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Using Python's finditer to highlight search items

I am trying to search through various text and highlight certain search terms within that text using HTML markup. As an example, if I take a paragraph of text from Paul Prescod's essay, I would like to highlight the search terms "lisp", "python", "perl", "java", and "C" each in different colors. My first attempt at this problem looked somthing like:

for sentence in re.split(r"[?.]\s+", text):
    match = re.search(r"\blisp\b", sentence, re.I)
    if match:
        color = 'red'
    else:
        match = re.search(r"\bpython\b", sentence, re.I)
        if match:
            color = 'blue'
        else:
            match = re.search(r"\bperl\b", sentence, re.I)
            if match:
                color = 'orange'

I didn't finish it because, not only is it ugly and verbose, it doesn't do what I want. Instead of matching all the search terms, it only matches the first one in each sentence. Fortunately, I took some time to rethink the problem (i.e. search the internet (this thread on the Python mailing list was helpful (I guess my Perl background is still showing) as was this article which I previously referenced. (hmmm, this is starting to look like Lisp.))) and made a prettier (and correct) version using my new favorite regular expression method, finditer, and the MatchObject's lastindex attribute. Here is the working example:

import re

COLOR = ['red', 'blue', 'orange', 'violet', 'green']

text = """Graham says that Perl is cooler than Java and Python than Perl. In some circles, maybe. Graham uses the example of Slashdot, written in Perl. But what about Advogato, written in C? What about all of the cool P2P stuff being written in all three of the languages? Considering that Perl is older than Java, and was at one time the Next Big Language, I think you would have a hard time getting statistical evidence that programmers consider Perl "cooler" than Java, except perhaps by virtue of the fact that Java has spent a few years as the "industry standard" (and is thus uncool for the same reason that the Spice Girls are uncool) and Perl is still "underground" (and thus cool, for the same reason that ambient is cool). Python is even more "underground" than Perl (and thus cooler?). Maybe all Graham has demonstrated is that proximity to Lisp drives a language underground. Except that he's got the proximity to Lisp argument backwards too."""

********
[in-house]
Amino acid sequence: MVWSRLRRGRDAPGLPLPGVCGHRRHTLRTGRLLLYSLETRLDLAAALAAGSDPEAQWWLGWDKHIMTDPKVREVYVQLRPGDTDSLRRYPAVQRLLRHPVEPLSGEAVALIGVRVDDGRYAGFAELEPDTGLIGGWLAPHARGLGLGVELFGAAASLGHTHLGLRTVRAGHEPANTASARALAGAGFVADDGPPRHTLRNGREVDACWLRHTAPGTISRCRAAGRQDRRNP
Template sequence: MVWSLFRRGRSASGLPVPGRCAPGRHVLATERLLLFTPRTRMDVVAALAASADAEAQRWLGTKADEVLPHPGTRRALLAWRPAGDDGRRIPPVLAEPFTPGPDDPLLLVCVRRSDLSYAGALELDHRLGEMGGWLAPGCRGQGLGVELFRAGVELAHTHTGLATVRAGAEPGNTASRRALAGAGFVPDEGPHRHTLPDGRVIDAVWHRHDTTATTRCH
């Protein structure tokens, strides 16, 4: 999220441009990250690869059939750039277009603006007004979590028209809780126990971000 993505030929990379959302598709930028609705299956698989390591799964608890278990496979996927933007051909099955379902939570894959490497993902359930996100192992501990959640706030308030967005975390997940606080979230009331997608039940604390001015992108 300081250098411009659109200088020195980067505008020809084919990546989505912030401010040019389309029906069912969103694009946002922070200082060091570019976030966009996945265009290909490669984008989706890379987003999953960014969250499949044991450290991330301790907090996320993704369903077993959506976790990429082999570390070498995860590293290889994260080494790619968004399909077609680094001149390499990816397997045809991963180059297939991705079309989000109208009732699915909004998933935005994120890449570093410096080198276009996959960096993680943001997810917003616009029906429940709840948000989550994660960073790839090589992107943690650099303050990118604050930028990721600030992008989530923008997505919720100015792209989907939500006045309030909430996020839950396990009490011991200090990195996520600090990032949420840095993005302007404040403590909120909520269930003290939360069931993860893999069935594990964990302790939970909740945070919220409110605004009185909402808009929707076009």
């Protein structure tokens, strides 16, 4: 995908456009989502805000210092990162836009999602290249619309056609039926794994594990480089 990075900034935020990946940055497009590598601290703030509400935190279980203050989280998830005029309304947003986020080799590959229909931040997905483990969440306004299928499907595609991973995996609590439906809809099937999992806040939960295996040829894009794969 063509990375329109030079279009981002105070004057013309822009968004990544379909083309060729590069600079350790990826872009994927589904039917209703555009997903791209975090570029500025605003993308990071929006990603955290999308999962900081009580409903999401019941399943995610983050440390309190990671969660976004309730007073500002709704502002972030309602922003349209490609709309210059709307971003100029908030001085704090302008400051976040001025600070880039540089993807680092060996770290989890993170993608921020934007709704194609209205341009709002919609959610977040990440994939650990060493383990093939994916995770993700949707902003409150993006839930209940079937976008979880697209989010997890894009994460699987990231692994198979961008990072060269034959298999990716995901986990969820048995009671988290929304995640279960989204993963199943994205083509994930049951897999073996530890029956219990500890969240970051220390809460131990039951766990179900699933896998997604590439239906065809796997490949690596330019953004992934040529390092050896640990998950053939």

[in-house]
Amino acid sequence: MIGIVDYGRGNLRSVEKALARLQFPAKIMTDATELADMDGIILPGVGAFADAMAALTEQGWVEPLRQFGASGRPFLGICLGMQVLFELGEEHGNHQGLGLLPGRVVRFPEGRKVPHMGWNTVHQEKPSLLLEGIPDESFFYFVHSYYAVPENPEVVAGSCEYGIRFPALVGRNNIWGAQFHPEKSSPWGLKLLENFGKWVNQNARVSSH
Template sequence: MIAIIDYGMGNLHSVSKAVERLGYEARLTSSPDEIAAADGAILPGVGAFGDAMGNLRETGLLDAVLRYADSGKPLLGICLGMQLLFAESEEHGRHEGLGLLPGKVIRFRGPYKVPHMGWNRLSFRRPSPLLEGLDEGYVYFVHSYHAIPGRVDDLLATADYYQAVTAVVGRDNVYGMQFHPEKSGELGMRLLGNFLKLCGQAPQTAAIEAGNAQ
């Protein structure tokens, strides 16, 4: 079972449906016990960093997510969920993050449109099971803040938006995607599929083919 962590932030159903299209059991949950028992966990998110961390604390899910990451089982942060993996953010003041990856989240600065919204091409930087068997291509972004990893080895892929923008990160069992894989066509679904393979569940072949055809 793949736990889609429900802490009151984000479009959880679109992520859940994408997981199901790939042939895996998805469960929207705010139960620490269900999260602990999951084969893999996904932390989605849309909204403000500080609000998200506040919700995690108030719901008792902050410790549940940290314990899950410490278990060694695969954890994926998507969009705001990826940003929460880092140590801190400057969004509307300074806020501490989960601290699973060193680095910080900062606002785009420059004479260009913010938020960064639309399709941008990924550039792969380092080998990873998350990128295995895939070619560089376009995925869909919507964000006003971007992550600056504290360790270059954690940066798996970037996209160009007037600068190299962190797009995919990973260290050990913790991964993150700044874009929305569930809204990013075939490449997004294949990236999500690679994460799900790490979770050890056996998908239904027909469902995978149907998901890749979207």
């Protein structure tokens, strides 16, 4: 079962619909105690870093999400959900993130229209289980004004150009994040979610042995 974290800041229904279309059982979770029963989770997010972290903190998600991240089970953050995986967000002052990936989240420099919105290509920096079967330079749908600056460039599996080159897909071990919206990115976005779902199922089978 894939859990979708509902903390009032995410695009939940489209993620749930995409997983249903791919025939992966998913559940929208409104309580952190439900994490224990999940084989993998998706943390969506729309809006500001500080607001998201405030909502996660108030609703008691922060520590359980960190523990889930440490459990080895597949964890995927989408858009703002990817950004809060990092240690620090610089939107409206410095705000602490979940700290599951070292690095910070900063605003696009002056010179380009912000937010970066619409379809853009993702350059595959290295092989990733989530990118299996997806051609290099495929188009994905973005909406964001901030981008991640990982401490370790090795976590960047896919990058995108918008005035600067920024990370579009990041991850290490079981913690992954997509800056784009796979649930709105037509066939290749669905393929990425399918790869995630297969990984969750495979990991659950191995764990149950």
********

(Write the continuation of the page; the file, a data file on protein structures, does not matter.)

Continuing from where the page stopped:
regex = re.compile(r"(\blisp\b)|(\bpython\b)|(\bperl\b)|(\bjava\b)|(\bc\b)", re.I)

i = 0; output = "<html>"
for m in regex.finditer(text):
    output += "".join([text[i:m.start()],
                       "<strong><span style='color:%s'>" % COLOR[m.lastindex-1],
                       text[m.start():m.end()],
                       "</span></strong>"])
    i = m.end()
print "".join([output, text[m.end():], "</html>"])
This example loops over each match in the iterator object returned by finditer. For each match, non-matching text and matching text surrounded with the HTML <span> tag are appended to the output string. start() and end() return the indices to the start and end positions of the matching text. The color of the text is determined by using lastindex to index into a list of colors. lastindex is the index of the group of the last match. So, it is "1" if "lisp" is matched, "2" if "python" is matched, "3" if "perl" is matched, and so on. I need to subtract 1 because the list indexing starts at 0. The last line adds on the rest of the non-matching text, and prints it. When viewed in a browser, it looks something like this:
Graham says that Perl is cooler than Java and Python than Perl. In some circles, maybe. Graham uses the example of Slashdot, written in Perl. But what about Advogato, written in C? What about all of the cool P2P stuff being written in all three of the languages? Considering that Perl is older than Java, and was at one time the Next Big Language, I think you would have a hard time getting statistical evidence that programmers consider Perl "cooler" than Java, except perhaps by virtue of the fact that Java has spent a few years as the "industry standard" (and is thus uncool for the same reason that the Spice Girls are uncool) and Perl is still "underground" (and thus cool, for the same reason that ambient is cool). Python is even more "underground" than Perl (and thus cooler?). Maybe all Graham has demonstrated is that proximity to Lisp drives a language underground. Except that he's got the proximity to Lisp argument backwards too.

2 Comments — feed icon Comments feed for this post


#1 Jay G commented on 2008-06-25:

Good advice on ORing the different terms into one regex. I started something like this as you did; with multiple searches. This is much cleaner. In Java I don't see an equivalent of lastindex, but a dict/map of terms to colors works fine.


#2 badc0re commented on 2012-06-06:

cool, i was seeking for a text highlight :)

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